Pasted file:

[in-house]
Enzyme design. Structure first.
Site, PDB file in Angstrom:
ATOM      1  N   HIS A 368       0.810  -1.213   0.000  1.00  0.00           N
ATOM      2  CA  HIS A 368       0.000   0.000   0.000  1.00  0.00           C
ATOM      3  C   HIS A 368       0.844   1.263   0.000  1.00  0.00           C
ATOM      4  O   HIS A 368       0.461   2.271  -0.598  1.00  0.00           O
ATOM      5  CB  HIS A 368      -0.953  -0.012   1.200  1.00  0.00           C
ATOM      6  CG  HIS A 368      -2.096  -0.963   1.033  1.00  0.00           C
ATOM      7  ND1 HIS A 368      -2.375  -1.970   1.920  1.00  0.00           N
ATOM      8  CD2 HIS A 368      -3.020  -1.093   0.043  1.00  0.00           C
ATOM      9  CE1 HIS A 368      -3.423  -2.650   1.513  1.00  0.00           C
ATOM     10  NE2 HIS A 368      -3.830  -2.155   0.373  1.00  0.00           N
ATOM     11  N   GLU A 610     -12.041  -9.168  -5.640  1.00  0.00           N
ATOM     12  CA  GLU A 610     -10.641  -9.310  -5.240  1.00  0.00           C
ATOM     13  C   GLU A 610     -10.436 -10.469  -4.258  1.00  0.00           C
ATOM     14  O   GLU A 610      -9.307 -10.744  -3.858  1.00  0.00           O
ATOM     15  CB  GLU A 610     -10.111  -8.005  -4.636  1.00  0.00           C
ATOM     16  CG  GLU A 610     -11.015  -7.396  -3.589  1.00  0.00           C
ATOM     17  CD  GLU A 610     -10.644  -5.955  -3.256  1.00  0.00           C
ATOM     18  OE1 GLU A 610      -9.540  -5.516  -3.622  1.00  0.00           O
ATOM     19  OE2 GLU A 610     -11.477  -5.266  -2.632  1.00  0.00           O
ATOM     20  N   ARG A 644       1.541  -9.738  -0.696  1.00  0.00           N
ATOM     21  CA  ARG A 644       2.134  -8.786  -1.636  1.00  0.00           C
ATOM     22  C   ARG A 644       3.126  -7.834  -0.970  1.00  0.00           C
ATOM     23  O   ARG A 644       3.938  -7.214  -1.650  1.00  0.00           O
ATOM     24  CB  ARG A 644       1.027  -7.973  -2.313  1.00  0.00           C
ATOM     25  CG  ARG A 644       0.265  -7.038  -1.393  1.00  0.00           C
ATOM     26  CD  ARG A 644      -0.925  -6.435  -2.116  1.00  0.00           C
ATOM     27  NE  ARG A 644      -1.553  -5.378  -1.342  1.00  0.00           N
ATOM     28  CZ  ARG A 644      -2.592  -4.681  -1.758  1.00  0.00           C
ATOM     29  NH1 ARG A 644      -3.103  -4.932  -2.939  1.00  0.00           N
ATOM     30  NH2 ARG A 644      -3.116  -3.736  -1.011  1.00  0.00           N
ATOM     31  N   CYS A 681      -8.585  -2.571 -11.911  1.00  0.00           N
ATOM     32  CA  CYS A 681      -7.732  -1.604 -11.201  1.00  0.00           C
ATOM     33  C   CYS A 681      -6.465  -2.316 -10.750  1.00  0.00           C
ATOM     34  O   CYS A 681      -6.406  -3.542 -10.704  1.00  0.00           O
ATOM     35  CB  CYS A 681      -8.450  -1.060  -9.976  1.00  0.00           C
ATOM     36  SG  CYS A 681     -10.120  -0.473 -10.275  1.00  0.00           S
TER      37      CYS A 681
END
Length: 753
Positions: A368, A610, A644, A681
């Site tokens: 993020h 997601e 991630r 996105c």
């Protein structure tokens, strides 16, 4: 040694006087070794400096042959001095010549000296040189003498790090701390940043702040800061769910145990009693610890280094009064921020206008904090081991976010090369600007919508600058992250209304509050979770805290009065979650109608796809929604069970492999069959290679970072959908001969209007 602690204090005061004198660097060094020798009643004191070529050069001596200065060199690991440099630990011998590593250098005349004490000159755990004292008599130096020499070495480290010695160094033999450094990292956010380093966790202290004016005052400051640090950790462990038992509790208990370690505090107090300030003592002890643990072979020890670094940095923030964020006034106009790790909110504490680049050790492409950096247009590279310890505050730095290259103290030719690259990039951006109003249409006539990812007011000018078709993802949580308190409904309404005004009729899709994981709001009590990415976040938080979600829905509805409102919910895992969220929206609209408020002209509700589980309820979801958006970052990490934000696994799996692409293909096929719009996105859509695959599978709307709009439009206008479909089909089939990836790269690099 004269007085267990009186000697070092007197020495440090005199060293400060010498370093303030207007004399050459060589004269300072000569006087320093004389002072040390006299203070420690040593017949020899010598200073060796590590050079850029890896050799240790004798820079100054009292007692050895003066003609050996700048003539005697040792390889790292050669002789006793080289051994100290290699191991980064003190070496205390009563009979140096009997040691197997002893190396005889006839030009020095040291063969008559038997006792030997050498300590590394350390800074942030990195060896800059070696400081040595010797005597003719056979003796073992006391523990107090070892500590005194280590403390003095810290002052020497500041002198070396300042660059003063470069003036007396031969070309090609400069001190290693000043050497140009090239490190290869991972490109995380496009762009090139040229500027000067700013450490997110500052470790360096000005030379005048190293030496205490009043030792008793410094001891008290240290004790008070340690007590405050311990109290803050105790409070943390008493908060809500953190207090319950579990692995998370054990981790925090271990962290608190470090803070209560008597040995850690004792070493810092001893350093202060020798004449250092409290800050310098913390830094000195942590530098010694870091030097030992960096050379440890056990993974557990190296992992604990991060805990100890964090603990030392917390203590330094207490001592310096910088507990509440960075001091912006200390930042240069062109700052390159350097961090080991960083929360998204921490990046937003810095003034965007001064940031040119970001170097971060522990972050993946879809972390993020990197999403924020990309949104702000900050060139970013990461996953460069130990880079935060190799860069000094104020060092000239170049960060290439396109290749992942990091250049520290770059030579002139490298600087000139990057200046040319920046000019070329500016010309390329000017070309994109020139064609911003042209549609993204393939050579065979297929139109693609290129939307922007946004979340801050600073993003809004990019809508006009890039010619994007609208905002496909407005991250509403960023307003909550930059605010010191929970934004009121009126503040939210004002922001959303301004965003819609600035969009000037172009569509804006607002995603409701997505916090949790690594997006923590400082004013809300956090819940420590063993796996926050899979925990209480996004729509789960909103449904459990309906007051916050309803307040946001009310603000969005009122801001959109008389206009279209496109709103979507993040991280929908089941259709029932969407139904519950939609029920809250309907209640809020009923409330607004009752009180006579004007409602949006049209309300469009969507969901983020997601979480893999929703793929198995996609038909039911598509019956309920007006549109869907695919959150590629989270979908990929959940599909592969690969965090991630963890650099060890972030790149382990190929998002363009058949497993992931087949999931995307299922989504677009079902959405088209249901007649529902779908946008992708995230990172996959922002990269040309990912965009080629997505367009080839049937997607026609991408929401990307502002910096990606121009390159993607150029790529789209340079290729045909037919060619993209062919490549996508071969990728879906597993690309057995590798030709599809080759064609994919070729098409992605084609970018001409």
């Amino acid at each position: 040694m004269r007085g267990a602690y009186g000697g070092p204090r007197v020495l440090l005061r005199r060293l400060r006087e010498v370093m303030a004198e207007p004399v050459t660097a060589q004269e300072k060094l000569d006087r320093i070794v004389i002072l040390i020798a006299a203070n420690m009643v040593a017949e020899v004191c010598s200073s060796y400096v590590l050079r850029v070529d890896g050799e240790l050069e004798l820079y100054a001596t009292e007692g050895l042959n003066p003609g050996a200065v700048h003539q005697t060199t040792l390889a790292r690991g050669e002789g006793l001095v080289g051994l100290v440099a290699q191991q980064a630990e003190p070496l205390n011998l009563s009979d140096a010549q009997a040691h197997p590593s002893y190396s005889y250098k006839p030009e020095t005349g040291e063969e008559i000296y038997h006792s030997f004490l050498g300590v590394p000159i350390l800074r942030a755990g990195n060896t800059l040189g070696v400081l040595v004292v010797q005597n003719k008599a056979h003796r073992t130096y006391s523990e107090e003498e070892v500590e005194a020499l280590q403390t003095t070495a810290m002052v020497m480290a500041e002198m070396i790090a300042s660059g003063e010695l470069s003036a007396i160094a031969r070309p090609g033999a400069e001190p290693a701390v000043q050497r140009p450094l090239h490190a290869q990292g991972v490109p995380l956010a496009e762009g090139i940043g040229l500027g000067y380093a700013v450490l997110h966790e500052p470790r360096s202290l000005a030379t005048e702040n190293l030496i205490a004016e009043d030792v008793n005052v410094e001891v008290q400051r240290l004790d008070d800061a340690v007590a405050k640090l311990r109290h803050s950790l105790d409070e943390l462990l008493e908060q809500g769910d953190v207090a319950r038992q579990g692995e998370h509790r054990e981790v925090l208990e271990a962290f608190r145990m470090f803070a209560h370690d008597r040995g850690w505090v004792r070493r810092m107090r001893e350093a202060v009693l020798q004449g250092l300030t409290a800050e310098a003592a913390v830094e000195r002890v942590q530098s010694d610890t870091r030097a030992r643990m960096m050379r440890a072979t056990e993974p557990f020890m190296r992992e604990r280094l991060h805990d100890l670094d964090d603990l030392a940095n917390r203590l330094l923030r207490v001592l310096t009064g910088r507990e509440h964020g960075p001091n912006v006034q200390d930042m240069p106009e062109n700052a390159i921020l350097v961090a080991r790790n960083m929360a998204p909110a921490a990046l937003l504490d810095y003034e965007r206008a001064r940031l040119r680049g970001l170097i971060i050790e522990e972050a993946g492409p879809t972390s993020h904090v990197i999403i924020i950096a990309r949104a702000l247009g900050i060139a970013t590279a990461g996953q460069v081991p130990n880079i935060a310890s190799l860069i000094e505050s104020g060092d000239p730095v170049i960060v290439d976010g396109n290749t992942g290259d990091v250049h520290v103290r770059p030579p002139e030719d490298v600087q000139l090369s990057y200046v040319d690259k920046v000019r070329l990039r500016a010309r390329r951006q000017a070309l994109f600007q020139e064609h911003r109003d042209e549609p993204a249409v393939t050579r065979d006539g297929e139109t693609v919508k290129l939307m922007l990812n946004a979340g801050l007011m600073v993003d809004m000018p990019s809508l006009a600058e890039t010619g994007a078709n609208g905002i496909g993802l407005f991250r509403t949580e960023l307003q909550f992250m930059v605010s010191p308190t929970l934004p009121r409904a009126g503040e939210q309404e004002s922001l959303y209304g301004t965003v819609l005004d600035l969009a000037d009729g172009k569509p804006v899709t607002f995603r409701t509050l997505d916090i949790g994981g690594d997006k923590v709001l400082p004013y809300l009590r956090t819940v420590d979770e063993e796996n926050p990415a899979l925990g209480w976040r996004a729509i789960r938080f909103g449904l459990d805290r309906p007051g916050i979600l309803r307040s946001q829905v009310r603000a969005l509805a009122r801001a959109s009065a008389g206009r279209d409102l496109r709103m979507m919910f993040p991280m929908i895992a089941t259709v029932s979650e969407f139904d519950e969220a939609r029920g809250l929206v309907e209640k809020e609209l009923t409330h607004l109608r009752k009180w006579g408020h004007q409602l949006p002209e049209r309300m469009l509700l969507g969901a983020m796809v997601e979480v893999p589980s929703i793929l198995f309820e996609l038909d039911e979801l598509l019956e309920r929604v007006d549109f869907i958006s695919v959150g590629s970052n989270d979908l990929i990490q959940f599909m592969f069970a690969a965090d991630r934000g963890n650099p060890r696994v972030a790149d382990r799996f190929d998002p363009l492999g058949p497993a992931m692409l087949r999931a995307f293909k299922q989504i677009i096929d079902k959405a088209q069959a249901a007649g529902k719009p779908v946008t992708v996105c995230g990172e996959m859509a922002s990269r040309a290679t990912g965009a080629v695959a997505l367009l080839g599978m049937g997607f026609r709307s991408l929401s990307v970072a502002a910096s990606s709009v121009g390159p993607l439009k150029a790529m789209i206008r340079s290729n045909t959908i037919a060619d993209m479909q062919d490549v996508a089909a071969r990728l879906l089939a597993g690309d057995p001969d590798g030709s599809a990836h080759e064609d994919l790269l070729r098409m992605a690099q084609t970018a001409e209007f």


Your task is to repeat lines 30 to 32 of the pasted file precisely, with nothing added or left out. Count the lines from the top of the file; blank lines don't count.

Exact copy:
ATOM     27  NE  ARG A 644      -1.553  -5.378  -1.342  1.00  0.00           N
ATOM     28  CZ  ARG A 644      -2.592  -4.681  -1.758  1.00  0.00           C
ATOM     29  NH1 ARG A 644      -3.103  -4.932  -2.939  1.00  0.00           N